Image Analyzer examples

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Frequency Domain Filter

Frequency Domain Filter (or FDF for shortness) allows you to edit the frequency spectrum of an image. You can remove particular frequencies from a picture, which can be useful to get rid of moiré noise in scanned images or in pictures like stillframes from an analog TV broadcast.

Understanding FDF representation

The frequency spectrum is in coordinates similar to polar, the (0, 0) point is at the center of the top edge of it. Since it is mapped to a rectangular area, both halves of the top of the graph are in fact adjacent to each other. The distance from the center means increasing frequency (and decreasing of detail size), and the angle of rotation is the angle at which a particular frequency exists in the source image, but with difference of 90 degrees. At the very center where frequency is 0 there is an area that defines brightness and contrast distribution of the whole image. If you remove it the image will lose its filled areas and only edges will remain.

Using FDF to remove moiré noise from a scanned image



For colored images FDF operates only on the luminance plane, so if you need to edit the whole image, you will need to split it to several planes, edit them independently and then combine them back.

On scanned images you can usually see the two kinds of elements in their frequency representation: the "star" and the "beam".
Stars represent the pattern noise frequencies that you'd want to remove. To find out the orientation of pattern noise in the image for a particular star, think of a tangent line to the circle in the point where the star is located. The corresponding noise in the image will be in a form of waves parallel to that line. The cross-shaped lines coming out of stars represent the noise that is close to high-contrast edges on the image. Combination of waves from all stars results in what is called "moiré noise".
Beams starting at the center point represent high-contrast lines in the source image. You would want to keep them intact to avoid ringing around those edges. Best practice would be to get rid of unnecessary high-contrast lines in the image, such as borders or text, before editing it in FDF.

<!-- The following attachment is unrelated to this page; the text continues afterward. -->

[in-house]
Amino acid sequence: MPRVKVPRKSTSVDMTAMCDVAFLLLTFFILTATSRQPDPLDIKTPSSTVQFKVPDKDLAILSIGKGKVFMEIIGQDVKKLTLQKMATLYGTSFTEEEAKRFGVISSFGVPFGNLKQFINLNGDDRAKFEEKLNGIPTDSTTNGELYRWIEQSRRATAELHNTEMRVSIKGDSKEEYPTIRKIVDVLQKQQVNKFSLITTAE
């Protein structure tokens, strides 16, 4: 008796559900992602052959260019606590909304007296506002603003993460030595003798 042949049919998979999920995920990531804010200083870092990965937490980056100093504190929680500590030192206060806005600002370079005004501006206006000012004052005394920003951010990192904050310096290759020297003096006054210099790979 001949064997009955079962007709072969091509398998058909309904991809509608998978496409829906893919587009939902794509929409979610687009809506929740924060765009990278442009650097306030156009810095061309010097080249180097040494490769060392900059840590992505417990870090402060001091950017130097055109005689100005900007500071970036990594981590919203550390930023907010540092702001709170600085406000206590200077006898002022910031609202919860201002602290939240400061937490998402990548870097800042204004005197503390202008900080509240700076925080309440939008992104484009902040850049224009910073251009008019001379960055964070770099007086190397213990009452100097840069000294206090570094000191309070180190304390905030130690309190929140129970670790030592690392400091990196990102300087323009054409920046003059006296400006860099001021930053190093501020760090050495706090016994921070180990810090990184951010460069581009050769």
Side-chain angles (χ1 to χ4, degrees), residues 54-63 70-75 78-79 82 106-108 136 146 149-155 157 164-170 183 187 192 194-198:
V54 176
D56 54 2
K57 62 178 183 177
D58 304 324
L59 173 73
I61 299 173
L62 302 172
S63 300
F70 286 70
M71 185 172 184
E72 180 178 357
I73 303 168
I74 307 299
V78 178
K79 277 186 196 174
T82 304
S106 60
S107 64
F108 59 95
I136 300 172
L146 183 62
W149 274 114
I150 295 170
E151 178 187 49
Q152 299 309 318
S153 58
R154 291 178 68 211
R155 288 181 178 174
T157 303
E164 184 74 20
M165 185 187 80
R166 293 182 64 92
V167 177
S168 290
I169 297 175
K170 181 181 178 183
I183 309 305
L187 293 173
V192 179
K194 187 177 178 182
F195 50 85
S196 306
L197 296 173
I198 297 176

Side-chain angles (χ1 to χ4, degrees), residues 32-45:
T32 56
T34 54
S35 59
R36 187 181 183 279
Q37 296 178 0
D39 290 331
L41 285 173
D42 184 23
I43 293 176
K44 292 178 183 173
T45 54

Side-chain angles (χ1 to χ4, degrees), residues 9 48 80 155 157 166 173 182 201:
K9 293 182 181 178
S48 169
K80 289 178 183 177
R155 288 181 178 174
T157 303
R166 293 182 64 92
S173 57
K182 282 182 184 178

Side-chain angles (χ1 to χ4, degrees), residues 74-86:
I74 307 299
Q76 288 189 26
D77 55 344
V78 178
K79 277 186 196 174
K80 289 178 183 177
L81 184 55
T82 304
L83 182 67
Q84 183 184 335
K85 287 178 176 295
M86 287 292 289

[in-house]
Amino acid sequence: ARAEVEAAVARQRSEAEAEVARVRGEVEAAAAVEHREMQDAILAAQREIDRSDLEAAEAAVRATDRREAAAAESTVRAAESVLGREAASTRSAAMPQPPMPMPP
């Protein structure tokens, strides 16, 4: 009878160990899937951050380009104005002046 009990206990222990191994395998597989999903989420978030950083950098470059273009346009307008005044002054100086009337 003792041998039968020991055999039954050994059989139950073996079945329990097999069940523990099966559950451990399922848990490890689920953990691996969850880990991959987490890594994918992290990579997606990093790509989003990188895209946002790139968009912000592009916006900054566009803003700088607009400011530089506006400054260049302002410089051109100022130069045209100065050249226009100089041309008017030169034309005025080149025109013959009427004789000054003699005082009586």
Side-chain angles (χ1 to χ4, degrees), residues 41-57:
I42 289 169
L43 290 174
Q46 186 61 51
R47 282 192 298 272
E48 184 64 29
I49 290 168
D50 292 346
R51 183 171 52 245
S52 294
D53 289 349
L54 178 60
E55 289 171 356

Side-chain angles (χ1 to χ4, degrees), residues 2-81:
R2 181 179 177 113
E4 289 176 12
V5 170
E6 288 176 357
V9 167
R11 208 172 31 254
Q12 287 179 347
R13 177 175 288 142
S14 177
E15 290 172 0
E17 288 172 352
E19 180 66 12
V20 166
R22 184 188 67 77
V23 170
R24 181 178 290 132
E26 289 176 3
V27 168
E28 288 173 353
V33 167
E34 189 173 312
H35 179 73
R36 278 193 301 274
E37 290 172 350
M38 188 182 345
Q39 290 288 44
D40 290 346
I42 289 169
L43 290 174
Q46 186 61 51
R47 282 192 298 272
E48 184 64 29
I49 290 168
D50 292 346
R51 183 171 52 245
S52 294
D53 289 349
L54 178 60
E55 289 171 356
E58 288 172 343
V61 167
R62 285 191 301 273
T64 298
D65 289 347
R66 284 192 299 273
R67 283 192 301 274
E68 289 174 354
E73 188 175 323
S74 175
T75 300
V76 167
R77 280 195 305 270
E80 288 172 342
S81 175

On the picture above you can see the beams representing the tripod legs and the stars corresponding to wave noise. The vertical line is due to a horizontal bottom border.

The stars are often symmetrical relative to the vertical line in the center, you can use the "mirror" option to speed up processing, working only on a half of the FDF image. Use "Amplitude scale" setting to change brightness of the image to see higher or lower frequencies better.
Once you remove all stars, there should be no moiré noise left on the image.

What else can you use FDF for?

Anti-aliasing
Another kind of element you can see on FDF image is a beam that does not start in the center point. Instead it will start at the edge and will be parallel to one of the beams that represent high-contrast lines.



It represents aliasing, the ladder-like artifacts on those lines of the image. Again, you can remove those frequencies and get rid of aliasing.



Upscale detection
In a similar way to aliasing, the consequences of image resampling that happens during resizing can be seen in FDF. You can even detect a method which was used during upscaling the image.



Nearest neighbor/point resample creates the most aliasing, you can see its frequencies massed at the edges of the spectrum.




Filters like bicubic resize blur the image, removing high-frequencies and shaping the spectrum into a rectangle.




Specialized filters like wiener are aligned diagonally, which makes the fact of upscale harder to see on the source image, but it is noticeable in FDF.


Improvised steganography


You can conceal information in the frequency spectrum by drawing it in FDF. The distance of your drawing from the center point will determine how noticeable the changes made to the souce image will be, as well as how resilient the hidden information will be to image resizing and other filtering. You can apply random noise to the image prior to drawing to get more room in the area of higher frequencies.

 

meesoft.logicnet.dk       2016-10-22 by Seedmanc